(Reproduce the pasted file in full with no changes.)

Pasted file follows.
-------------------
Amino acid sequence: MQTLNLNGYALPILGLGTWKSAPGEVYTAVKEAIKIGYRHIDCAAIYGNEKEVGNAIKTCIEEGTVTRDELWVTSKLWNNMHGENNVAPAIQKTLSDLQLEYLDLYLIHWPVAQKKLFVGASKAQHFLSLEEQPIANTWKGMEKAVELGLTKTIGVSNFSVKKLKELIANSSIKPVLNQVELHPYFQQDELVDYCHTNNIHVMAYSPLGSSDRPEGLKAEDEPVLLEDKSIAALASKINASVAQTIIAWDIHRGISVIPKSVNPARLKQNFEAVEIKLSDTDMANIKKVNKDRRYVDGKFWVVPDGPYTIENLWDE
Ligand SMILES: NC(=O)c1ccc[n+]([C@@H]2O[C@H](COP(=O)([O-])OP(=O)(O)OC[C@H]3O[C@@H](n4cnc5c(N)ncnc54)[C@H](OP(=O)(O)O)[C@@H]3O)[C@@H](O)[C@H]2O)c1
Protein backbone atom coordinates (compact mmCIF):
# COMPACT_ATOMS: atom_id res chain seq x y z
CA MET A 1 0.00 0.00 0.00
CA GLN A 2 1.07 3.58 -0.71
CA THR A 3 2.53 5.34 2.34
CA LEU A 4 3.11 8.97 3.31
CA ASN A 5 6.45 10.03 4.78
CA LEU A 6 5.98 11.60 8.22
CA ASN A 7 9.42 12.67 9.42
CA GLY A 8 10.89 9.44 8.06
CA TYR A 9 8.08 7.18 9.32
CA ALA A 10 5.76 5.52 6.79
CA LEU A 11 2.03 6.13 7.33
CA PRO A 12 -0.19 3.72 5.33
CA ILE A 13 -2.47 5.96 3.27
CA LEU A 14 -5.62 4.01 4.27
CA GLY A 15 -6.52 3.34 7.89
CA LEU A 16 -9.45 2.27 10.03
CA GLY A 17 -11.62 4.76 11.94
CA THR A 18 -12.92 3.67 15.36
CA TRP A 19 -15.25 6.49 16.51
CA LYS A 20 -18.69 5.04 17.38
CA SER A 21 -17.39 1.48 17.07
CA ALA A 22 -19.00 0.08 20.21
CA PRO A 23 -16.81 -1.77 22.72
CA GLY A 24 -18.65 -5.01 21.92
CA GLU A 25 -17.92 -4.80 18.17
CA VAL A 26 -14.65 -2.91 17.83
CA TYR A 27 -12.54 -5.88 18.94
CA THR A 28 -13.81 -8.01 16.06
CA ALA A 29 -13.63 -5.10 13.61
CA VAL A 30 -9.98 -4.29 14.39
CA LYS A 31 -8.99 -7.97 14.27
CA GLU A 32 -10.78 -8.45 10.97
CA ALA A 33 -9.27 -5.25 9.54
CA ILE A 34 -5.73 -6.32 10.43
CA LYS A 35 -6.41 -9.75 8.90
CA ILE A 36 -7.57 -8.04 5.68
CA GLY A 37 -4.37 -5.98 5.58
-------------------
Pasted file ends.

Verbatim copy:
Amino acid sequence: MQTLNLNGYALPILGLGTWKSAPGEVYTAVKEAIKIGYRHIDCAAIYGNEKEVGNAIKTCIEEGTVTRDELWVTSKLWNNMHGENNVAPAIQKTLSDLQLEYLDLYLIHWPVAQKKLFVGASKAQHFLSLEEQPIANTWKGMEKAVELGLTKTIGVSNFSVKKLKELIANSSIKPVLNQVELHPYFQQDELVDYCHTNNIHVMAYSPLGSSDRPEGLKAEDEPVLLEDKSIAALASKINASVAQTIIAWDIHRGISVIPKSVNPARLKQNFEAVEIKLSDTDMANIKKVNKDRRYVDGKFWVVPDGPYTIENLWDE
Ligand SMILES: NC(=O)c1ccc[n+]([C@@H]2O[C@H](COP(=O)([O-])OP(=O)(O)OC[C@H]3O[C@@H](n4cnc5c(N)ncnc54)[C@H](OP(=O)(O)O)[C@@H]3O)[C@@H](O)[C@H]2O)c1
Protein backbone atom coordinates (compact mmCIF):
# COMPACT_ATOMS: atom_id res chain seq x y z
CA MET A 1 0.00 0.00 0.00
CA GLN A 2 1.07 3.58 -0.71
CA THR A 3 2.53 5.34 2.34
CA LEU A 4 3.11 8.97 3.31
CA ASN A 5 6.45 10.03 4.78
CA LEU A 6 5.98 11.60 8.22
CA ASN A 7 9.42 12.67 9.42
CA GLY A 8 10.89 9.44 8.06
CA TYR A 9 8.08 7.18 9.32
CA ALA A 10 5.76 5.52 6.79
CA LEU A 11 2.03 6.13 7.33
CA PRO A 12 -0.19 3.72 5.33
CA ILE A 13 -2.47 5.96 3.27
CA LEU A 14 -5.62 4.01 4.27
CA GLY A 15 -6.52 3.34 7.89
CA LEU A 16 -9.45 2.27 10.03
CA GLY A 17 -11.62 4.76 11.94
CA THR A 18 -12.92 3.67 15.36
CA TRP A 19 -15.25 6.49 16.51
CA LYS A 20 -18.69 5.04 17.38
CA SER A 21 -17.39 1.48 17.07
CA ALA A 22 -19.00 0.08 20.21
CA PRO A 23 -16.81 -1.77 22.72
CA GLY A 24 -18.65 -5.01 21.92
CA GLU A 25 -17.92 -4.80 18.17
CA VAL A 26 -14.65 -2.91 17.83
CA TYR A 27 -12.54 -5.88 18.94
CA THR A 28 -13.81 -8.01 16.06
CA ALA A 29 -13.63 -5.10 13.61
CA VAL A 30 -9.98 -4.29 14.39
CA LYS A 31 -8.99 -7.97 14.27
CA GLU A 32 -10.78 -8.45 10.97
CA ALA A 33 -9.27 -5.25 9.54
CA ILE A 34 -5.73 -6.32 10.43
CA LYS A 35 -6.41 -9.75 8.90
CA ILE A 36 -7.57 -8.04 5.68
CA GLY A 37 -4.37 -5.98 5.58